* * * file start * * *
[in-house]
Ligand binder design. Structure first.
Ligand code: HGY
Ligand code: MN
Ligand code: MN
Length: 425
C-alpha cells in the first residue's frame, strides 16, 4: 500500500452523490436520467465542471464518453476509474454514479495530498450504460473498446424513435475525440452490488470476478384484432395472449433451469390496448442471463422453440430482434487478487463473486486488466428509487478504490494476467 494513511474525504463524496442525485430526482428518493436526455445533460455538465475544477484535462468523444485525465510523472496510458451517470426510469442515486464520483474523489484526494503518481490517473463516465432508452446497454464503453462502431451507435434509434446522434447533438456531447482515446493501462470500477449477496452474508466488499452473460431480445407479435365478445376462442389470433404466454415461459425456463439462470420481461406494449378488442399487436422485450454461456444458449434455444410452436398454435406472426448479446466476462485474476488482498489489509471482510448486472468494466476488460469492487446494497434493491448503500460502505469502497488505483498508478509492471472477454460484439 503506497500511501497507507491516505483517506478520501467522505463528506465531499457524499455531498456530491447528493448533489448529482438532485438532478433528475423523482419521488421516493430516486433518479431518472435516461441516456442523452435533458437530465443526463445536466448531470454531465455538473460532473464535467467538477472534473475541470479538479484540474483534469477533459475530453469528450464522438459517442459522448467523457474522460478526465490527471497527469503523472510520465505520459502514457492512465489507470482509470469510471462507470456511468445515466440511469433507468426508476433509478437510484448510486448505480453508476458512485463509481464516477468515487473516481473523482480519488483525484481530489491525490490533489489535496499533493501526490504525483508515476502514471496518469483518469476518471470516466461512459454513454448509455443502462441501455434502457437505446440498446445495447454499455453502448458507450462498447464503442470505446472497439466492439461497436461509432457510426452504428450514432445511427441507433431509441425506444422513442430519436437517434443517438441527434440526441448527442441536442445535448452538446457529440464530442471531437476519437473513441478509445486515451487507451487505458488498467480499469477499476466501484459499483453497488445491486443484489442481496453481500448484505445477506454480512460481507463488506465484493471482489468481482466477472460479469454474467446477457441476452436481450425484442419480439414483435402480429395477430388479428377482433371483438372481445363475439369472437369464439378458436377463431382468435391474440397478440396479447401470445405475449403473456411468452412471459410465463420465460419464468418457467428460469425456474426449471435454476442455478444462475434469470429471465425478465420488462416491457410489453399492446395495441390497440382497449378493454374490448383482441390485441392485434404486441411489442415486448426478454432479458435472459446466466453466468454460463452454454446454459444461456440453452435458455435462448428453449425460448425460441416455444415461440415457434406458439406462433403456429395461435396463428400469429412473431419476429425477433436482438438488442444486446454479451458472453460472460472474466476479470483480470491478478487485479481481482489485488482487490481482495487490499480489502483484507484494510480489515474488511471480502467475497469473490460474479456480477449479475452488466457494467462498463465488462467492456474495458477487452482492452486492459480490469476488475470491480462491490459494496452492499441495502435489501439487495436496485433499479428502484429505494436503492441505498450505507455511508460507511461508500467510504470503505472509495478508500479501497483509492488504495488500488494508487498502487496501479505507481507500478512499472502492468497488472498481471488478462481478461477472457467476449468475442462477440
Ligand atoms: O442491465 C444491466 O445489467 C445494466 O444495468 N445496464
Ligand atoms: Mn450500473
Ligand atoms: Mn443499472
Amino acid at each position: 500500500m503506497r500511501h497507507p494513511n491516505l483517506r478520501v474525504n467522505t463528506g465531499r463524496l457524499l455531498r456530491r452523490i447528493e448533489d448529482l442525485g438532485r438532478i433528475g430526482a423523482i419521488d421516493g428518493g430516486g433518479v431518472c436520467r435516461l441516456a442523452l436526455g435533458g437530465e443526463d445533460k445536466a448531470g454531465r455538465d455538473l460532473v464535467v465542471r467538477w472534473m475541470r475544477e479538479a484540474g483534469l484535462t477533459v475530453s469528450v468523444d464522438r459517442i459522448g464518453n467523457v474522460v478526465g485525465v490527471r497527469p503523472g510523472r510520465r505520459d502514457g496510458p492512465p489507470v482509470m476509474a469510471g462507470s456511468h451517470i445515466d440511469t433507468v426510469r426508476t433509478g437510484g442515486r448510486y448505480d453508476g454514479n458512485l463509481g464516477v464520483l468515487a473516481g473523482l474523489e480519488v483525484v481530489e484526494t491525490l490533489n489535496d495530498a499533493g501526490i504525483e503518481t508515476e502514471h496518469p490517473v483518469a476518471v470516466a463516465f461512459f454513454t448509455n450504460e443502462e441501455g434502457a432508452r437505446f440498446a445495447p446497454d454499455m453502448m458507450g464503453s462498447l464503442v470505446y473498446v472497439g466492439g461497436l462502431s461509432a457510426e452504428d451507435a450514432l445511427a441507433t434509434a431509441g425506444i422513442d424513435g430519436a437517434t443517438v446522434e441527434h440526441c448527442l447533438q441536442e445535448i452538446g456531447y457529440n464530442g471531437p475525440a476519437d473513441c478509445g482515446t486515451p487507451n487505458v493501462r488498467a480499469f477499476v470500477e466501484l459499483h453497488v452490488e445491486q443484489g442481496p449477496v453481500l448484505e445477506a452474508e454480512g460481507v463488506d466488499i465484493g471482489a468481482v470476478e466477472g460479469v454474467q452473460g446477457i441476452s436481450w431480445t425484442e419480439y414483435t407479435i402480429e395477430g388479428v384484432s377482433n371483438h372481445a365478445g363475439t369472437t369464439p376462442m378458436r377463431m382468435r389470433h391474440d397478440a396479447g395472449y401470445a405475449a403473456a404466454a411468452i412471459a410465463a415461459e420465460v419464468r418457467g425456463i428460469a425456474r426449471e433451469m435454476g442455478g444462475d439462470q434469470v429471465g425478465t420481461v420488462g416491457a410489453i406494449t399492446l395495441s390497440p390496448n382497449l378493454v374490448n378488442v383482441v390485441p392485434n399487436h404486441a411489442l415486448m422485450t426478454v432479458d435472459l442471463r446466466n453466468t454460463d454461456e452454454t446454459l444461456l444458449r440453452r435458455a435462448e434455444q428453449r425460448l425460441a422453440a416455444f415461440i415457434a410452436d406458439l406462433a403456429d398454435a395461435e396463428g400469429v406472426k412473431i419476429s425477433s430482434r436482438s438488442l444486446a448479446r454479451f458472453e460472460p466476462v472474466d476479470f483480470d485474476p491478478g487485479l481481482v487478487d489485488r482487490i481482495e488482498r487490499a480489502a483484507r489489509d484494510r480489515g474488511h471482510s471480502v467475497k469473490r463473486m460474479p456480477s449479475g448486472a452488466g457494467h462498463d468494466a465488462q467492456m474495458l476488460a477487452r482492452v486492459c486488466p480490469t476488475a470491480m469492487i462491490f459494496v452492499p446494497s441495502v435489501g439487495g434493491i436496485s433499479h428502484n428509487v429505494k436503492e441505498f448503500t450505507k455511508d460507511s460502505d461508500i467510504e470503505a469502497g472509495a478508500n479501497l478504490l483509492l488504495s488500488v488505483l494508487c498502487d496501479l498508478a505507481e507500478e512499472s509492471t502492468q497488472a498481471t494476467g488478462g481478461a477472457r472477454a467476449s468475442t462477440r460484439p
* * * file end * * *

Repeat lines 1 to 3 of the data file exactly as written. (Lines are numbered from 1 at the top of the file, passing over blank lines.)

[in-house]
Ligand binder design. Structure first.
Ligand code: HGY